Hello everyone! I hope you are doing well under the worst heat arguably ever. I’ve had some positive life changes in the last week, so I’m in a good mood right now. Though we are still little ways out from spooky season, that won’t stop me from delving into the creepy and macabre. Without further pretense, let’s get into Gideon the Ninth, the first novel in the Locked Tomb trilogy.
Gideon Nav grew up in the Ninth House, a place known for its dreary atmosphere, ossifying nobility, and strict religious conduct. Her only dream is to be free and enlist as a soldier. Her plans for her escape are thwarted by her childhood nemesis and the Reverend Daughter of the Ninth house, Harrowhark Nonagesimus. Harrow is called upon by the Emperor to join the necromancers of the other eight houses to be tested in deadly trials. The remaining heir will become a Lyctor, the immortal right hand to the Emperor. Harrow offers Gideon an ultimatum: serve as her cavalier and she will be free from her servitude. With Harrow’s advanced magic and Gideon’s sword, the two find themselves facing a challenge far greater than imagined and death isn’t even the worst outcome if they fail.
Content warning: body horror, gore, violence, language
With that warning out the way, I may have found my new favorite sci-fi horror novel. Granted, it isn’t necessarily scary, but Gideon the Ninth was certainly a thrilling read. Gideon herself was a great protagonist and I loved her playful banter and sarcasm. The novel itself was a rather cinematic one with an interesting magic system, fleshed-out characters, and big action set pieces. It is also a fairly classic whodunnit mystery at the heart of the novel. I do enjoy those types of mysteries so I might be a little biased. I am going to go ahead and give Gideon the Ninth my personal seal of approval and encourage you to try this one if you want a book that’s equally creepy and fantastical.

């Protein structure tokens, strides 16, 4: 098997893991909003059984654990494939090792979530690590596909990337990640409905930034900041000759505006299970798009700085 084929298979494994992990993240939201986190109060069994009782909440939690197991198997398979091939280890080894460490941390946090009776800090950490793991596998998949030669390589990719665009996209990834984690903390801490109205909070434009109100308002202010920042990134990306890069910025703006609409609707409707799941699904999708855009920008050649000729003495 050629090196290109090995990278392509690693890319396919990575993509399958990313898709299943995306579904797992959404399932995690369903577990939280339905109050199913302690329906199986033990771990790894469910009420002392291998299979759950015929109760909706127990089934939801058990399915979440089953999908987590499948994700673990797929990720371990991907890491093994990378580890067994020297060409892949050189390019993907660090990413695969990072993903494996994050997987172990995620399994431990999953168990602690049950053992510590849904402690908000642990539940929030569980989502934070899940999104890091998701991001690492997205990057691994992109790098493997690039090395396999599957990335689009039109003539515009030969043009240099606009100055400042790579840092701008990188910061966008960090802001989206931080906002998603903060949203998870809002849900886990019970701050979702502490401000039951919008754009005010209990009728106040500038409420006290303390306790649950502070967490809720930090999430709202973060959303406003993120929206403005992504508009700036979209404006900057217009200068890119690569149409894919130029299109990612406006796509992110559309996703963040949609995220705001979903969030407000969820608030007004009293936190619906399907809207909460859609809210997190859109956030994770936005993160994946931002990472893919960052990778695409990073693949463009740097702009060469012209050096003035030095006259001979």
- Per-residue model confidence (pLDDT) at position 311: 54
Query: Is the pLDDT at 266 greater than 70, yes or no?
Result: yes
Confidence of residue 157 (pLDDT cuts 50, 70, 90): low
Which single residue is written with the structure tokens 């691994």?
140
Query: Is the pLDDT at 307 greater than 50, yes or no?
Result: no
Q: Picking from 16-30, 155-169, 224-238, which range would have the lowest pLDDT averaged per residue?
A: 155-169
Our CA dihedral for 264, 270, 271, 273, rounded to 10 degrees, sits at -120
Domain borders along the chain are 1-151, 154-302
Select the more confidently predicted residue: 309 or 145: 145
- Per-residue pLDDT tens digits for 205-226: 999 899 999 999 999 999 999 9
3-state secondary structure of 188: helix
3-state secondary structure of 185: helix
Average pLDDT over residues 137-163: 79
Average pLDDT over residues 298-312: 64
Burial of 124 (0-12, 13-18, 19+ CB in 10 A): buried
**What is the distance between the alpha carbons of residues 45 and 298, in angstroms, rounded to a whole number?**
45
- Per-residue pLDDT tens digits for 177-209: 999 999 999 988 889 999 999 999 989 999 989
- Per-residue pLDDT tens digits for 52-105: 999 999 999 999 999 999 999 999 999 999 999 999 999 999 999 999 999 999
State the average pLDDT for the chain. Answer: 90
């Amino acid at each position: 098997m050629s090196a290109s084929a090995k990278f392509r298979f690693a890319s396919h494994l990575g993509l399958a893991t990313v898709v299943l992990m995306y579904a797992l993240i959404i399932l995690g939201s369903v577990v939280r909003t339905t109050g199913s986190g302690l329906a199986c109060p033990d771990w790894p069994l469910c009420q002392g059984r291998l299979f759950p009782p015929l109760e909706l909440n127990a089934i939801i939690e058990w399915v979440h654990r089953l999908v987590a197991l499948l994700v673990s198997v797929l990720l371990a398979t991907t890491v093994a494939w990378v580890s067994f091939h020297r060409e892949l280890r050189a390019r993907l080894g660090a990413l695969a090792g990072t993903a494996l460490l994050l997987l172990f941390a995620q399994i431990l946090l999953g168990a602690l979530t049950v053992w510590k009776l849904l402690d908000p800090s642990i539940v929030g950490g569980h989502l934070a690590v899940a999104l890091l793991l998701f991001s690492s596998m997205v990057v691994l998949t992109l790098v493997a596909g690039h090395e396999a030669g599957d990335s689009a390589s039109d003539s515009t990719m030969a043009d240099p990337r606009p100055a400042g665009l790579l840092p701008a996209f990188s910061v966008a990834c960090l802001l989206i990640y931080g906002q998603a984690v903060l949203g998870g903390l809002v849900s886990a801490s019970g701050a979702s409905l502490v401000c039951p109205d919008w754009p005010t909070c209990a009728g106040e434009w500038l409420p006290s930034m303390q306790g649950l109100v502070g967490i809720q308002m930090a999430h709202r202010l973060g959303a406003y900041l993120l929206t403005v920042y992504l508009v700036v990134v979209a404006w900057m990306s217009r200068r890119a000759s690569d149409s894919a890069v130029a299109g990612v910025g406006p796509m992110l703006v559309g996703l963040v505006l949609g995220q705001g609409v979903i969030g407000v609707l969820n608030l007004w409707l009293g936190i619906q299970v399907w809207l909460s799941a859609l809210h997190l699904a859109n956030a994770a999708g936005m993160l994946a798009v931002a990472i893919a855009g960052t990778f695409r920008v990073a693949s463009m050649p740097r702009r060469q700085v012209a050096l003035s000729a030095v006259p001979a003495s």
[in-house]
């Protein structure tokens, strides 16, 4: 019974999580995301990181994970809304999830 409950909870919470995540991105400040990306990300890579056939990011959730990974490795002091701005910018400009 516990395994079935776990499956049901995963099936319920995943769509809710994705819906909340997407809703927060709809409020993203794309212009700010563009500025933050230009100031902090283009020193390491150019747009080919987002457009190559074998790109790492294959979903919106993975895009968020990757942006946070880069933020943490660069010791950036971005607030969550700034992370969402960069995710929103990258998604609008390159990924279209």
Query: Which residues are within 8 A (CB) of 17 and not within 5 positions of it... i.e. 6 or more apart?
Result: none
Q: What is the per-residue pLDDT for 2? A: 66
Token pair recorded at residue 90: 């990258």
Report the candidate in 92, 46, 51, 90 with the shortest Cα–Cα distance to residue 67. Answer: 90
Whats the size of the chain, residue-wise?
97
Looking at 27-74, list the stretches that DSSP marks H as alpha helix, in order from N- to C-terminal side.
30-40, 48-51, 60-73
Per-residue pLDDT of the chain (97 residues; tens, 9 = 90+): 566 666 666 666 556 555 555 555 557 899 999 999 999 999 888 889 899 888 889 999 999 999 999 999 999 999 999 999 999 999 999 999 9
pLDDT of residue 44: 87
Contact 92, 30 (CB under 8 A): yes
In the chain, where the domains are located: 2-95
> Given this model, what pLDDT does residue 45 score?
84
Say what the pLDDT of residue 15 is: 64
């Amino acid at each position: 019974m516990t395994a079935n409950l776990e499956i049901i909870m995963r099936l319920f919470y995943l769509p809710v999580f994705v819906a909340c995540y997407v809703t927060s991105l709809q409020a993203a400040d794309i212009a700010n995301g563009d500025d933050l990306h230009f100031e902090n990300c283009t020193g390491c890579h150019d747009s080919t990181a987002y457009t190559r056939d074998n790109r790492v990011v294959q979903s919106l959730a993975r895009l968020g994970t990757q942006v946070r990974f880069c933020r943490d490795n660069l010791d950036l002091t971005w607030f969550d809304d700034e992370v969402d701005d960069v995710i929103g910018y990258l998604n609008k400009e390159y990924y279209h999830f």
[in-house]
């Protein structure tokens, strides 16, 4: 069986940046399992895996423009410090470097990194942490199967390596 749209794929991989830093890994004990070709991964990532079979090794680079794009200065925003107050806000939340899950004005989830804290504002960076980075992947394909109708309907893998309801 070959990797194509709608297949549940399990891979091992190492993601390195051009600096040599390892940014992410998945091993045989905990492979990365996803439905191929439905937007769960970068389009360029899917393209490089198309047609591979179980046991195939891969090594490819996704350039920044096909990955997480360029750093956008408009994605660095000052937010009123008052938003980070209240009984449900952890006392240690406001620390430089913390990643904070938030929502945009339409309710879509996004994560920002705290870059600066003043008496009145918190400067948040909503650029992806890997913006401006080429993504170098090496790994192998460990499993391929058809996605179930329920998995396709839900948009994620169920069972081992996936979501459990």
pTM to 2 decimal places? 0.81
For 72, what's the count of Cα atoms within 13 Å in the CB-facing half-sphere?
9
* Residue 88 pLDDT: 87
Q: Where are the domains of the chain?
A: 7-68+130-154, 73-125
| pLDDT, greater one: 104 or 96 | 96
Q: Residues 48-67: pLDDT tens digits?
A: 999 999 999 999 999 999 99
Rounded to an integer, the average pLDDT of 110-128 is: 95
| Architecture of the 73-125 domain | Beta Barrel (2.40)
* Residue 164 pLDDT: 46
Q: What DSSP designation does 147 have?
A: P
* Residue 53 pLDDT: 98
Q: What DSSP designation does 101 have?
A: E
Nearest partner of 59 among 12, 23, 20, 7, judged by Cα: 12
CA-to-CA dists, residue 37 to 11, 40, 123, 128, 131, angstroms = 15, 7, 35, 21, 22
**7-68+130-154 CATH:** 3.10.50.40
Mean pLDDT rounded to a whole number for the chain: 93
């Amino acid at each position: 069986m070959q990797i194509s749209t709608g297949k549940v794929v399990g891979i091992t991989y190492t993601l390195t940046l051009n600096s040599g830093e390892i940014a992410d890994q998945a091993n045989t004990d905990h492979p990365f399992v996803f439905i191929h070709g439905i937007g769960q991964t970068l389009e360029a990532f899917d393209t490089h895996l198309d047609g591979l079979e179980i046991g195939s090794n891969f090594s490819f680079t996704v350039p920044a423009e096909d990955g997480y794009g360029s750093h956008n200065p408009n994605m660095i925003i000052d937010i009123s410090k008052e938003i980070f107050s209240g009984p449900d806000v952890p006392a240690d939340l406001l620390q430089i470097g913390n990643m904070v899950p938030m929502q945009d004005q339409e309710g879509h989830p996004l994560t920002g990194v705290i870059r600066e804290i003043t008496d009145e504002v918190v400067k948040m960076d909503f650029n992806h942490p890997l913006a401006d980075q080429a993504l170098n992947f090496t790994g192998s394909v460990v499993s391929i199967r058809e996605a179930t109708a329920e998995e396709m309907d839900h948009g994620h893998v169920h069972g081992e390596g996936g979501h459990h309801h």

One thought on “One Flesh, One End: Reviewing Gideon the Ninth (Book One in the Locked Tomb Trilogy) by Tamsyn Muir”
Brilliant review! Personally, I love love love the tomb series, they’re like nothing I’ve ever read. Gideon and Harrow’s relationship is brilliant – I was talking to my friend about this, do you think the author implies that they kiss in that training pool and sets them up as sort of a doomed couple? That’s what I thought the first time I read it but on a second read I’m not too sure – more emphasis is placed on Gideons relationship with the 7th necromancer (I can’t remember her name!) and Harrows with the Body. But the book is equally gory and funny and very very cool. I discuss Gideon and harrow (and the internet memes 😭) more in my review here! https://hundredsandthousandsofbooks.blog/2022/09/06/the-best-and-worst-of-gideon-the-ninth/
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